Wayne A. Marasco, M.D., Ph.D.
The Marasco Lab is actively working on antibody discovery for COVID-19. See their COVID-19 page to learn more.
The Marasco lab focuses on the treatment of emerging infectious diseases and cancer. Located in the Department of Cancer Immunology and Virology at the Dana-Farber Cancer Institute, the lab's general research interests are in the field of targeted immunotherapy.
The Marasco lab’s research interests are in human monoclonal antibody (Mab) immunotherapy and broad-spectrum anti-viral vaccine development. They use human Mabs in functional and structural studies to understand mechanisms of viral entry, identify common targets that provide broad-spectrum protection, and develop strategies that prevent the viruses from undergoing neutralization escape. Vaccinated/infected humans and humanized mice are the B-cell sources of antibody genes for these studies.
The group's discoveries of common and highly conserved structural elements on the envelope glycoproteins that serve as cross-neutralizing targets for Mab therapy have allowed them to make therapeutic inroads into the prevention and treatment of a wide range of human pathogenic coronaviruses, flaviviruses, and influenza A viruses.
The Marasco lab has advanced therapeutic Mab development through NIH-NIAID product development programs in the areas of SARS, West Nile virus, and Influenza A infections. Their pioneering studies in influenza, which resulted in our finding of a "universal" vaccine target that can provide broad-spectrum protection against a wide range of influenza A viruses, led to a paradigm shift in the field of influenza immunotherapy and vaccine development.
The National Foundation of Cancer Research (NFCR) Center for Therapeutic Antibody Engineering (CTAE) at Dana-Farber Cancer Institute, founded by Marasco, is working in a broad range of discovery and translational research in cancer. The group is uniquely placed to advance their novel immunotherapy discoveries from bench to bedside.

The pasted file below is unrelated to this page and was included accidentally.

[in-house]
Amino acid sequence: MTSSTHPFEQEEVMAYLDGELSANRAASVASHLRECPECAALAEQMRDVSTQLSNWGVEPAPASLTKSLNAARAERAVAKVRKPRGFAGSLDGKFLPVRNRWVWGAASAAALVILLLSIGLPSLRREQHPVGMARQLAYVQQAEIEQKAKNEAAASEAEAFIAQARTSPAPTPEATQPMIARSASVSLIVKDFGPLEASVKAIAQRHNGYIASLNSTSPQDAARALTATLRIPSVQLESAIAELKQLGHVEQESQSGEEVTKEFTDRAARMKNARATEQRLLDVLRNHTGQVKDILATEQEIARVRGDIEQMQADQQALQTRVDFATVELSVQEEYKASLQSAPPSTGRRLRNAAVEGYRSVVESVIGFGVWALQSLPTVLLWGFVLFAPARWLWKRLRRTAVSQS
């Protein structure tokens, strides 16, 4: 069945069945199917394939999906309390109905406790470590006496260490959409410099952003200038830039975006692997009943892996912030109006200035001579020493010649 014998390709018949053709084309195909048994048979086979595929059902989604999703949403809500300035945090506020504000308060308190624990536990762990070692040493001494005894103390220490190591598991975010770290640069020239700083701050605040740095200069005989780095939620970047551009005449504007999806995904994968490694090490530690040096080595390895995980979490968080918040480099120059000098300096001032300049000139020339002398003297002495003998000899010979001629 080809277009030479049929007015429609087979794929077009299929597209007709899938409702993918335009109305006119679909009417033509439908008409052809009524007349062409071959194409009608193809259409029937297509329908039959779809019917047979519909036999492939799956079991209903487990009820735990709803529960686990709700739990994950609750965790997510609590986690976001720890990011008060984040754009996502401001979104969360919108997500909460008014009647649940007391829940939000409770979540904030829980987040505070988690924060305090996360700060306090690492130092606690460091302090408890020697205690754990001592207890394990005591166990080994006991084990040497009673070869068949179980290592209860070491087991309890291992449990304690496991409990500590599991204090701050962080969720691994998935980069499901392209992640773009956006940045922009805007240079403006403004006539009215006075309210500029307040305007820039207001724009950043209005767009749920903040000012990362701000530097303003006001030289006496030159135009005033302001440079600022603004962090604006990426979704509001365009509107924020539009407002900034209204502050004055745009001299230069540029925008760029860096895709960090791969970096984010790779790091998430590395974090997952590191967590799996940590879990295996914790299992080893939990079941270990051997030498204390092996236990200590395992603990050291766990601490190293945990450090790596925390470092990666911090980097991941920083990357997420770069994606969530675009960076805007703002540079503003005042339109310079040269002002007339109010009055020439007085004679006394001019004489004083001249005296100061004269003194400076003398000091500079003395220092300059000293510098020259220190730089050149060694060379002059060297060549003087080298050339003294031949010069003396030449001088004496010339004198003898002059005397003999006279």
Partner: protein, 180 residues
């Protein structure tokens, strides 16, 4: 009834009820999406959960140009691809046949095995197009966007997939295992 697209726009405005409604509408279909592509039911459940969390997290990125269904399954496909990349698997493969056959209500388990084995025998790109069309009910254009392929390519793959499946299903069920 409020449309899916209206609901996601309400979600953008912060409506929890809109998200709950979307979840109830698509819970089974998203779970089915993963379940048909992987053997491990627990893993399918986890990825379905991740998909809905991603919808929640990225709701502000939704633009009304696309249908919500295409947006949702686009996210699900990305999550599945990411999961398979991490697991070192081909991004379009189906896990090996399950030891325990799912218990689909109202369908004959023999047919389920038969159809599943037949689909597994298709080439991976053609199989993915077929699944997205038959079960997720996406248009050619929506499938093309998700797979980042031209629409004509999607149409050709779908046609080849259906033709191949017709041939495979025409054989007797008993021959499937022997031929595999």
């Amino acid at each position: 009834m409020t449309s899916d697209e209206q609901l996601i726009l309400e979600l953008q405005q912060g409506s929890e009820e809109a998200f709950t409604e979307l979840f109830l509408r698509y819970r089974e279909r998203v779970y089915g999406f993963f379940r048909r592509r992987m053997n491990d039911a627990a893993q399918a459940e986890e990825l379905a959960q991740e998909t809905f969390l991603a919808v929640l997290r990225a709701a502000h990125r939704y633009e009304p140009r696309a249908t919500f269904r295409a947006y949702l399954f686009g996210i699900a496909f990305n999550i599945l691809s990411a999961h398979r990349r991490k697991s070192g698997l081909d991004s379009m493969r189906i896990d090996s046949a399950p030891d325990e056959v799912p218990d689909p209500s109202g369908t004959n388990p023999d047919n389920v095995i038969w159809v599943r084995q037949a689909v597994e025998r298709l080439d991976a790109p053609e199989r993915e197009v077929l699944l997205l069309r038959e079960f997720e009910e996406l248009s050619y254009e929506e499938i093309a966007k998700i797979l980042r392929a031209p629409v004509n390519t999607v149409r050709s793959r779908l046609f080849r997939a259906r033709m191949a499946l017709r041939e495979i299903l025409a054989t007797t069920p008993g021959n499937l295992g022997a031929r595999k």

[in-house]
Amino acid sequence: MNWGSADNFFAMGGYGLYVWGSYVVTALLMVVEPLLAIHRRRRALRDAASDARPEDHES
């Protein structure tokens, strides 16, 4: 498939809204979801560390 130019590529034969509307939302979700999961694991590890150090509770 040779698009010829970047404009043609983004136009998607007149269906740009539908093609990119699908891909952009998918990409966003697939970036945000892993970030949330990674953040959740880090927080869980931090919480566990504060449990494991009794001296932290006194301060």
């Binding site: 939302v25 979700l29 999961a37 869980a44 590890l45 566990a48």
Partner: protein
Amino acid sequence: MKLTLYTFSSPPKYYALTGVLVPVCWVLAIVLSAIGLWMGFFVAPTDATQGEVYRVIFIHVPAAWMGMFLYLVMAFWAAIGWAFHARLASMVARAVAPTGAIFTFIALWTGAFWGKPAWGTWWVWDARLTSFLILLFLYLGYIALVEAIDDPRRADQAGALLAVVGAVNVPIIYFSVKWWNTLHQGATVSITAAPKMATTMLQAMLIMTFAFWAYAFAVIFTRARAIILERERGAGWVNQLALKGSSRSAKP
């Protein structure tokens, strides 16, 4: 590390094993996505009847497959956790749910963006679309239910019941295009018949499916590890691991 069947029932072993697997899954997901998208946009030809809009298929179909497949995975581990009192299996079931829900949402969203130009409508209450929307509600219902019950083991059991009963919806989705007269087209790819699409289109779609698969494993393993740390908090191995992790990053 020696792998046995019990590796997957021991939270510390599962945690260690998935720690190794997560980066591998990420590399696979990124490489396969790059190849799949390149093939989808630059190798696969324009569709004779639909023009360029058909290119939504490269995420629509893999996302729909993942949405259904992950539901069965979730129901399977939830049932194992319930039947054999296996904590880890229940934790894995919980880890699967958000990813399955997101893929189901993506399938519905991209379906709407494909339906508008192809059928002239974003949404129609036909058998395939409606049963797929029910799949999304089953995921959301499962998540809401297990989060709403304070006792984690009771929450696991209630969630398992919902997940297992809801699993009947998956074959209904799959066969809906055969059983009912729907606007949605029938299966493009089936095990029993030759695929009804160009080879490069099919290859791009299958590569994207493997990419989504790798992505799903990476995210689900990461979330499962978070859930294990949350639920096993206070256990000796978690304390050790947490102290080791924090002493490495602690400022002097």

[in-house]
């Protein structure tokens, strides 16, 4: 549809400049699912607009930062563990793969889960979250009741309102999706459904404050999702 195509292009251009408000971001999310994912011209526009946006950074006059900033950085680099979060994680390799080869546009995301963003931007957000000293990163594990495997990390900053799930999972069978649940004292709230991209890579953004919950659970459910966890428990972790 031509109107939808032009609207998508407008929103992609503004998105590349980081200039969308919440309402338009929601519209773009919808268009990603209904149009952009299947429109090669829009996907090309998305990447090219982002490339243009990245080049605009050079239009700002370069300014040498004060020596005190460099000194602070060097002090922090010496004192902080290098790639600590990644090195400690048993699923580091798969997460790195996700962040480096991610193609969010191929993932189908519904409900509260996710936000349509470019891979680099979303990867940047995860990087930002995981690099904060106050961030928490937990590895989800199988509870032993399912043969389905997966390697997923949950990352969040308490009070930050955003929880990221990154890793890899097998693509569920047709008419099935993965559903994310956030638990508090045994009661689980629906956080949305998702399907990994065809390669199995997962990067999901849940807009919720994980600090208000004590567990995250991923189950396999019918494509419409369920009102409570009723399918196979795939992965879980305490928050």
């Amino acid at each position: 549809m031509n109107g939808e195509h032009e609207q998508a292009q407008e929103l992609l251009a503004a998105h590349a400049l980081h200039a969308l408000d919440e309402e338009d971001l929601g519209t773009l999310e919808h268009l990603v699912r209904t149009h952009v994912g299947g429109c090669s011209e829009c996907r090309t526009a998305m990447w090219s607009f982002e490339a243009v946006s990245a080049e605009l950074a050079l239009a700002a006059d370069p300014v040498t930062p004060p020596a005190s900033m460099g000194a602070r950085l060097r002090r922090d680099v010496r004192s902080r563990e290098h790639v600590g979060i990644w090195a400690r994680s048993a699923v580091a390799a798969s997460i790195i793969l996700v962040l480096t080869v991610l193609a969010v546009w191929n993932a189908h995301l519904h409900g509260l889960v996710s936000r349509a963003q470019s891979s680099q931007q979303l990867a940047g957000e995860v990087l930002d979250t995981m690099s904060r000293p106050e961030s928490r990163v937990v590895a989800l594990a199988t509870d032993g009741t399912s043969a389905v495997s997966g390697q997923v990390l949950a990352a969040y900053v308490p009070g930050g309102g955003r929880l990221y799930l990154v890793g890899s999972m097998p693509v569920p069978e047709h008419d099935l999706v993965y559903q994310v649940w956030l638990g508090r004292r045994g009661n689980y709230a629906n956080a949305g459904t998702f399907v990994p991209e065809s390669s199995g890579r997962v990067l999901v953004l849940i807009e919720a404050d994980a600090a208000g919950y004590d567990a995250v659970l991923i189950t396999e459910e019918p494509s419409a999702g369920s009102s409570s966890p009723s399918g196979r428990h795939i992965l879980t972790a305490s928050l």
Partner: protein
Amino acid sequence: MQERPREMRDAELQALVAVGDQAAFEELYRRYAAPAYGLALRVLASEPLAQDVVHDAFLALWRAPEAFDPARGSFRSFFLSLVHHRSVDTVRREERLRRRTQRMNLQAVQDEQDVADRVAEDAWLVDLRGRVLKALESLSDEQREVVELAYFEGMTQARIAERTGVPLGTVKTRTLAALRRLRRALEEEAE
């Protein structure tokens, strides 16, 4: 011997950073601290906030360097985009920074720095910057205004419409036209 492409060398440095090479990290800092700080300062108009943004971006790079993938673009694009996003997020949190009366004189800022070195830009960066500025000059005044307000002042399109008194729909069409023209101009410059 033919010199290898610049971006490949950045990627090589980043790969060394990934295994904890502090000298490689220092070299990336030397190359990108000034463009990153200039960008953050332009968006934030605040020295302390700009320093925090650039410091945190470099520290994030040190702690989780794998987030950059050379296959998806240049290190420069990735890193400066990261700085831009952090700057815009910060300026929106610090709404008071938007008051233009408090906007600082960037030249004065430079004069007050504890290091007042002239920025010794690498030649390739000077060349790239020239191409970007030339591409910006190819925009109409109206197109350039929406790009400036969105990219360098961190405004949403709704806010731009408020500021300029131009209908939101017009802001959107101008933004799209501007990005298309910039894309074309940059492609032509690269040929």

Research in the Marasco group encompasses HIV/AIDS, emerging infectious diseases (SARS, highly pathogenic H5N1 avian influenza (bird flu), West Nile Virus (encephalitis), Denge virus (hemorrhagic fever)) and cancer (Adult T-cell Leukemia (HTLV-1), breast CA, renal cell carcinoma (RCC), cutaneous T-cell Lymphoma (CTCL)). This breadth of research is made possible because of two of their research developments in the field of human antibody engineering.
The first is their seminal discovery that human antibodies can not only be used to target proteins on the surface of cells and microbes, but can also be used in the form known as intracellular antibodies or intrabodies, which can be delivered to cells by gene transfer techniques. In this way, human antibodies can be expressed in different subcellular compartments inside cells where they can bind to their target protein and modulate its function.
The second is the construction and characterization of one of the largest human antibody phage display libraries ever made (27 billion members). Discoveries made by the Marasco group allowed them to validate the quantity and high quality of the human antibodies that can be obtained from this library. Ongoing pre-clinical studies and clinical trials using human monoclonal antibodies (Mabs) are moving forward for the prevention and treatment of SARS and flavivirus diseases including West Nile virus encephalitis. They are also moving forward with a genetic/cellular therapy for the treatment of RCC.
Wayne Marasco is Professor in the Department of Cancer Immunology and Virology at the Dana-Farber Cancer Institute, Professor of Medicine at Harvard Medical School, and Associate Physician in the Division of Infectious Diseases at Brigham and Women's Hospital. His research interests are in the field of human antibody engineering and the use of human antibodies in discovery research and in the treatment of human diseases. To greatly expand the use of human monoclonal antibodies (Mab) in the treatment of cancer, he founded the National Foundation of Cancer Research (NFCR) Center for Therapeutic Antibody Engineering (CTAE).
Marasco is a physician/scientist with clinical training in Infectious Diseases. His clinical subspecialty training is in the care of immunocompromised patients with bone marrow and solid organ transplants and cancer. His clinical practice has had a profound influence on the research conducted in his laboratory at Dana-Farber Cancer Institute. During rotations on the inpatient Infectious Disease service at BWH/DFCI, he supervises ID fellows and medical residents in the management of infections in immunocompromised patients.